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Games with Gematria

This article was written by David Godwin
posted under Kabbalah

Is gematria a valid and useful technique for investigating anything, or is it nothing but mental exercise? If it is useful, can it apply to anything other than Hebrew scripture? Is it even taking things too far to apply it to the Aramaic of the Zohar? How about non-Hebraic names, such as Bill Jones or Aleister Crowley? How seriously should you take correspondences that you happen upon in your reading and investigations?

To add fuel to the fires of this controversy, let us examine the name Lilith.

In Jewish folklore, Lilith is a night-demon and a queen of demons. She was the first wife of Adam, before Eve was created, but she refused to submit to her husband. Consequently, she became a demon and the mother of millions of demons. At the same time, she is responsible for the deaths of countless mortal babies. Yet every time a male ejaculation occurs, even in wedlock, Lilith may be there to scoop up the semen and impregnate herself for yet more baby demons. As a remedy against this, devout couples will put a warning notice above their beds (written with Hebrew characters, of course): Senoy, Sansenoy, Semangeloph! Adam ve-Chavvah! Chotz Lilith! Senoy, Sansenoy, and Semangeloph are the names of three guardian angels assigned to keep Lilith under surveillance. Chavvah is the name "Eve" in its original Hebrew form, and Chotz Lilith means simply "Out, Lilith!"

But is this tale nothing more than a patriarchal myth meant to emphasize the cultural devaluation of women? Let us see what gematria has to tell us.The sum of the name "Lilith," LYLYTh, is 480. Now, what else equals 480? Standard procedure in this sort of encipherment (assuming any encryption was intended) is to begin by breaking down the sum into its simplest components; i.e., 80 + 400. That gives us Peh and Tau, which is the spelling for a word in Biblical Hebrew; namely, the word PTh, poth, meaning an opening—or the female pudenda! Most appropriate for Lilith, one might say. But what else is there? Reversing the consonants, we get ThP, toph, a small hand-drum or the bezel of a ring. Suggestive, perhaps, but not very informative. Ah! But what about the fact that 480 is also the enumeration of the word Talmud? Is Lilith somehow equivalent to the great body of teaching and exegesis represented by the Jewish Talmud? Does she embody its essence? Or is it all directed against women, personified by the original activist feminist?

So much for the obvious correspondences, but surely a little exploration can come up with others that will easily prove that Lilith is not only a symbol of women's liberation but is in fact the Goddess as seen through the eyes of a partriarchal monotheism. Lilith (480) is the prayer shawl of YHVH (tallit ha-YHVH), the signet of Yahu (chutam ha-Yahu) and thus the final Heh of Tetragrammaton, Queen of the Firmament (malkah ha-Raqia), the daughter of wisdom (bath ha-chokmah), the tablernacle of Adonai (mishkan ha-Adonai), and the presence of the King (shekinah ha-malekh). All these phrases are equal to 480. It is even possible to push things one step further and say that Lilith Herself is “the almighty living God YHVH Elohim” (ha-Shaddai El Chai YHVH Elohim), since that also equals 480. No wonder Lilith = Talmud!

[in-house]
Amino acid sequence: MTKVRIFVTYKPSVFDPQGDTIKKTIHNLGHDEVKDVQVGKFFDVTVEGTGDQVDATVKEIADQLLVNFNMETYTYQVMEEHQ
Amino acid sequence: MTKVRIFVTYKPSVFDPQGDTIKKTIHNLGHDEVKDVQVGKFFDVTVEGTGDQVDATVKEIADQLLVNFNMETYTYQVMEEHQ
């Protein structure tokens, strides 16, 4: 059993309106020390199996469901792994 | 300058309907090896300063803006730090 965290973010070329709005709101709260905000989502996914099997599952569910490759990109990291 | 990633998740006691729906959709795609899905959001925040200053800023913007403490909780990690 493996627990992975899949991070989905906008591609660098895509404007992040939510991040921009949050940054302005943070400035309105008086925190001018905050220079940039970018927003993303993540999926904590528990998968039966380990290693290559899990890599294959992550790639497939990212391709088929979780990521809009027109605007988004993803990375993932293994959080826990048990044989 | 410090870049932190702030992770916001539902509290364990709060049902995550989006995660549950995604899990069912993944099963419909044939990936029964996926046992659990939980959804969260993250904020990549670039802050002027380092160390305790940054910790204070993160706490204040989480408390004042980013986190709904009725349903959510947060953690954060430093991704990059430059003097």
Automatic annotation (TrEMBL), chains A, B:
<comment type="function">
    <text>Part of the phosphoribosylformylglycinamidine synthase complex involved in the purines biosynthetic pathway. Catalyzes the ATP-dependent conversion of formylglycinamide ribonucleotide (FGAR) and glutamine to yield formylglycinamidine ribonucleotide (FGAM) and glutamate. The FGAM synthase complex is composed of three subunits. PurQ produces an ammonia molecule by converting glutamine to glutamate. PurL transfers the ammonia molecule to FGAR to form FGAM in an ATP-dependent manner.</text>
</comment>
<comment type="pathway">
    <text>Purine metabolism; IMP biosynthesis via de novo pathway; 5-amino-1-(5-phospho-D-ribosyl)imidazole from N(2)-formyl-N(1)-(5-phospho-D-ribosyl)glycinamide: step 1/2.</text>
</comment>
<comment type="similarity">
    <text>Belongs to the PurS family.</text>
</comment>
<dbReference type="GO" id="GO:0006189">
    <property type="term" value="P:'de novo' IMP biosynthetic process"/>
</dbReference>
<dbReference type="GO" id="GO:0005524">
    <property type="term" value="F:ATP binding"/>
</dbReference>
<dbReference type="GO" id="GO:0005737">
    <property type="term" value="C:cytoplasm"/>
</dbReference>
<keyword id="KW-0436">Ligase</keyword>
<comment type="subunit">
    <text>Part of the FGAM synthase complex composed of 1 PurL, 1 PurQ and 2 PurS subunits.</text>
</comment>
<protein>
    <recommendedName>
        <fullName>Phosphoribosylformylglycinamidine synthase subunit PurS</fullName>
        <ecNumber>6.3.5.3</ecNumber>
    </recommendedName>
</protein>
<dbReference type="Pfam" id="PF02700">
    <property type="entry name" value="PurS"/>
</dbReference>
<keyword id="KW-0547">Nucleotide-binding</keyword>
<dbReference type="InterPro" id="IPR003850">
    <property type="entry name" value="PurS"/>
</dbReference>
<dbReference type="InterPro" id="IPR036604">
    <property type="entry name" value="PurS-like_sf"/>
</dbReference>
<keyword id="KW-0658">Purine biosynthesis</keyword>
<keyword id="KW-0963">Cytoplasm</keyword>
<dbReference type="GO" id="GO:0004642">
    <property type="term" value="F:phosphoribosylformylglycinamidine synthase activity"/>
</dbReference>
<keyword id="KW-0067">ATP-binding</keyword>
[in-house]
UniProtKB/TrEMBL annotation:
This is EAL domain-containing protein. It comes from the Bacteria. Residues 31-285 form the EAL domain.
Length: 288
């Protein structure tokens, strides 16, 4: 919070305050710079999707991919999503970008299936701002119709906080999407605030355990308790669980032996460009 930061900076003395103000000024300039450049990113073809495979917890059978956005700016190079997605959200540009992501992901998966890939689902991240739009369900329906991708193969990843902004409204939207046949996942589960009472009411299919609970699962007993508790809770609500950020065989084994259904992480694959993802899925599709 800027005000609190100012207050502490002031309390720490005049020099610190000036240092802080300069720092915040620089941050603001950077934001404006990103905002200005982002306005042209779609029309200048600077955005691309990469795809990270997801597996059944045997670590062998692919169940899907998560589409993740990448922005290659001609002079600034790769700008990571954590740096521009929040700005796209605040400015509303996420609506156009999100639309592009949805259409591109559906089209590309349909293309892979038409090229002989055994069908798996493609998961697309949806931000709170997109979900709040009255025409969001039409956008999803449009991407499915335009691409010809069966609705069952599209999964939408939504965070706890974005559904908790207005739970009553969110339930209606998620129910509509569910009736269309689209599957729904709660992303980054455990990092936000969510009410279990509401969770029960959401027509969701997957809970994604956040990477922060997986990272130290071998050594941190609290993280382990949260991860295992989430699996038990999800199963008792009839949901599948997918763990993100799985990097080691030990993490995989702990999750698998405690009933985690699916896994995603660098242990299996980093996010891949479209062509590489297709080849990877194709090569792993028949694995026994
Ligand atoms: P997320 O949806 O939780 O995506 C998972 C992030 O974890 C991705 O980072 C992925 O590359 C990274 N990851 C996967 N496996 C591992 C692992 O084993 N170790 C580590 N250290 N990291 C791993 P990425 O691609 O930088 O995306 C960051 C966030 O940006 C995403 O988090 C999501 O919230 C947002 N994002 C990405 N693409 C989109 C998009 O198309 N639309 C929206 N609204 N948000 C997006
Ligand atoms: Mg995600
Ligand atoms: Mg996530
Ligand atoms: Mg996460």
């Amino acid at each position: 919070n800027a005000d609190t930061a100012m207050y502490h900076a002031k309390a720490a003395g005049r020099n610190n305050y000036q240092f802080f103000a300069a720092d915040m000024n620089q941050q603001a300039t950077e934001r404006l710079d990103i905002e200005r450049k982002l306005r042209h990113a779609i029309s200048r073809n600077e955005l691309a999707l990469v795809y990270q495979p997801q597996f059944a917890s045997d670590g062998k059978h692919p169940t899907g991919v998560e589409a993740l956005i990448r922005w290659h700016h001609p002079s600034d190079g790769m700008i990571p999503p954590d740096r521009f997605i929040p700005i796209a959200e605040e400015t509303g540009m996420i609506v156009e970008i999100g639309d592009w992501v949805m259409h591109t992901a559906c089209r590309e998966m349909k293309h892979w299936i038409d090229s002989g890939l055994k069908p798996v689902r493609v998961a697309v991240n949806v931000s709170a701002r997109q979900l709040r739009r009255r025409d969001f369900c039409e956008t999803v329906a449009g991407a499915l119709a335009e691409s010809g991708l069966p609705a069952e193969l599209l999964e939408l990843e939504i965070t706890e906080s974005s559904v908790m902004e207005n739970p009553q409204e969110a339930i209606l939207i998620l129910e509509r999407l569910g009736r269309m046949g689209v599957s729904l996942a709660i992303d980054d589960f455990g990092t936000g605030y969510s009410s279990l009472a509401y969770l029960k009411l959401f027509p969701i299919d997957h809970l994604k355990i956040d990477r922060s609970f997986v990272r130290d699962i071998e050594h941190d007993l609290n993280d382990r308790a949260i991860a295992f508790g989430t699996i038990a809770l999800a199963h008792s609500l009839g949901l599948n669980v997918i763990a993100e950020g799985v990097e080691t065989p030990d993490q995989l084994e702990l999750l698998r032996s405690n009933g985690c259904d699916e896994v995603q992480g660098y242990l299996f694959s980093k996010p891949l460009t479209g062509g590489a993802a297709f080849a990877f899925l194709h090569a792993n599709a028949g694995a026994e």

All of this is quite an achievement for someone identified in Isaiah 34:14 (the only biblical mention) as a "screech owl."

Conclusion: Although it might not be immediately apparent, this little essay was designed to demonstrate several answers to the opening questions. The fact is, once you have arrived at a conclusion by logic, emotion, political correctness, or social conditioning, it is reasonably easy to demonstrate or "prove" your position by the manipulations of gematria. Although such mathematical gyrations may not actually prove anything, they do succeed in providing food for thought and in giving one a fresh outlook.

Gematria was historically used as a code, however, which means that, when you get right down to it, a numerical correspondence is valid only if it was intended. (Of course, it should go without saying that the intention may have been unconscious.) It is highly doubtful that the patriarchs of ancient Judaism named Lilith "Lilith" because they intended to convey the idea that she was a persona of the Almighty Living God! On the other hand, they probably did intend that Jachin and Boaz should each have a value of 79. In other words, gematria is truly valid only insofar as the intentions of a writer are taken into account. If the author was ignorant of gematria and was not using it in his/her writing, intentionally or "accidentally" (subconsciously), then playing around with words and numbers in an attempt to "prove" some particular point is a vain exercise of use only insofar as it exercises the mind. Analyzing Anglo-Saxon names by gematria falls into this category. If, on the other hand, the author is known to have been familiar with the system and to have been not hostile toward it, that writer's work may well be elucidated—and even have its true meaning explained—by an examination for the numerical correspondences of gematria.


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